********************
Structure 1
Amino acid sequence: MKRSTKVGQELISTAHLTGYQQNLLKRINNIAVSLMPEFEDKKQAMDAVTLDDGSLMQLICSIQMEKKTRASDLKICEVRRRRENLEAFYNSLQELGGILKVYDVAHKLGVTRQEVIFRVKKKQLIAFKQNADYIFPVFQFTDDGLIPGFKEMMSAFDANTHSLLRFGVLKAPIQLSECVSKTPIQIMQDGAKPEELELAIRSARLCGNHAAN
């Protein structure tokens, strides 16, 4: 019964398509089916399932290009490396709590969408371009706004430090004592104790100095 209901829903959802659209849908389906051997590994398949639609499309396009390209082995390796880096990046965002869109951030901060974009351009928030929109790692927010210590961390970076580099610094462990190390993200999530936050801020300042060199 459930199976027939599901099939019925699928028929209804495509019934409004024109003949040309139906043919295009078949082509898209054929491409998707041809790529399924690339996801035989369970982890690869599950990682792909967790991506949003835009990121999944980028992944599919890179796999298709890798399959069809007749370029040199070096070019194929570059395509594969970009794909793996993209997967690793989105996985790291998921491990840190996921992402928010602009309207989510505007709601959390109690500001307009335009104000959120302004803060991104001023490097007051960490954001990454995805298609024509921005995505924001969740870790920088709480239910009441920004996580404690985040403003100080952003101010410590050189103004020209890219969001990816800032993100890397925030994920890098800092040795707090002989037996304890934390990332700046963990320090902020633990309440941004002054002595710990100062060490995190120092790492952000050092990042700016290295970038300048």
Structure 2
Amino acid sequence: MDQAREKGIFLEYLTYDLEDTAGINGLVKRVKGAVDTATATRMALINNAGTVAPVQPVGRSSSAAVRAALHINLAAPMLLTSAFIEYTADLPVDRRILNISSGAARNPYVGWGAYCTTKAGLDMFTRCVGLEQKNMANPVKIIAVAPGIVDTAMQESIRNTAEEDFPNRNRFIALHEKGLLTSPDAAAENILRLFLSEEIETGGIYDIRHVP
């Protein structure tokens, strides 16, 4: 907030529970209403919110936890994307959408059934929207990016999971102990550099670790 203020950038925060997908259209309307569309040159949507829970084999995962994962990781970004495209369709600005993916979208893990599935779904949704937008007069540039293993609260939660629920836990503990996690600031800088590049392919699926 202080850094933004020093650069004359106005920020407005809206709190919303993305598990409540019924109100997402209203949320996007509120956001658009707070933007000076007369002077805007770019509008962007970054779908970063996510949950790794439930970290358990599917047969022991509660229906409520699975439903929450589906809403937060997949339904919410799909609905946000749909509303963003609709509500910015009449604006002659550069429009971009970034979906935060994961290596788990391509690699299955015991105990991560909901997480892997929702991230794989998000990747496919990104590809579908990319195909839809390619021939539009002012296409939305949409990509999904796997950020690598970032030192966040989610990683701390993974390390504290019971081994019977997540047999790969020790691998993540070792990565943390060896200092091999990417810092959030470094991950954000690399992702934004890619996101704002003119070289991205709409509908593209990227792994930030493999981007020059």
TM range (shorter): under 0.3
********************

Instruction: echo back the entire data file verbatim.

Structure 1
Amino acid sequence: MKRSTKVGQELISTAHLTGYQQNLLKRINNIAVSLMPEFEDKKQAMDAVTLDDGSLMQLICSIQMEKKTRASDLKICEVRRRRENLEAFYNSLQELGGILKVYDVAHKLGVTRQEVIFRVKKKQLIAFKQNADYIFPVFQFTDDGLIPGFKEMMSAFDANTHSLLRFGVLKAPIQLSECVSKTPIQIMQDGAKPEELELAIRSARLCGNHAAN
């Protein structure tokens, strides 16, 4: 019964398509089916399932290009490396709590969408371009706004430090004592104790100095 209901829903959802659209849908389906051997590994398949639609499309396009390209082995390796880096990046965002869109951030901060974009351009928030929109790692927010210590961390970076580099610094462990190390993200999530936050801020300042060199 459930199976027939599901099939019925699928028929209804495509019934409004024109003949040309139906043919295009078949082509898209054929491409998707041809790529399924690339996801035989369970982890690869599950990682792909967790991506949003835009990121999944980028992944599919890179796999298709890798399959069809007749370029040199070096070019194929570059395509594969970009794909793996993209997967690793989105996985790291998921491990840190996921992402928010602009309207989510505007709601959390109690500001307009335009104000959120302004803060991104001023490097007051960490954001990454995805298609024509921005995505924001969740870790920088709480239910009441920004996580404690985040403003100080952003101010410590050189103004020209890219969001990816800032993100890397925030994920890098800092040795707090002989037996304890934390990332700046963990320090902020633990309440941004002054002595710990100062060490995190120092790492952000050092990042700016290295970038300048």
Structure 2
Amino acid sequence: MDQAREKGIFLEYLTYDLEDTAGINGLVKRVKGAVDTATATRMALINNAGTVAPVQPVGRSSSAAVRAALHINLAAPMLLTSAFIEYTADLPVDRRILNISSGAARNPYVGWGAYCTTKAGLDMFTRCVGLEQKNMANPVKIIAVAPGIVDTAMQESIRNTAEEDFPNRNRFIALHEKGLLTSPDAAAENILRLFLSEEIETGGIYDIRHVP
């Protein structure tokens, strides 16, 4: 907030529970209403919110936890994307959408059934929207990016999971102990550099670790 203020950038925060997908259209309307569309040159949507829970084999995962994962990781970004495209369709600005993916979208893990599935779904949704937008007069540039293993609260939660629920836990503990996690600031800088590049392919699926 202080850094933004020093650069004359106005920020407005809206709190919303993305598990409540019924109100997402209203949320996007509120956001658009707070933007000076007369002077805007770019509008962007970054779908970063996510949950790794439930970290358990599917047969022991509660229906409520699975439903929450589906809403937060997949339904919410799909609905946000749909509303963003609709509500910015009449604006002659550069429009971009970034979906935060994961290596788990391509690699299955015991105990991560909901997480892997929702991230794989998000990747496919990104590809579908990319195909839809390619021939539009002012296409939305949409990509999904796997950020690598970032030192966040989610990683701390993974390390504290019971081994019977997540047999790969020790691998993540070792990565943390060896200092091999990417810092959030470094991950954000690399992702934004890619996101704002003119070289991205709409509908593209990227792994930030493999981007020059």
TM range (shorter): under 0.3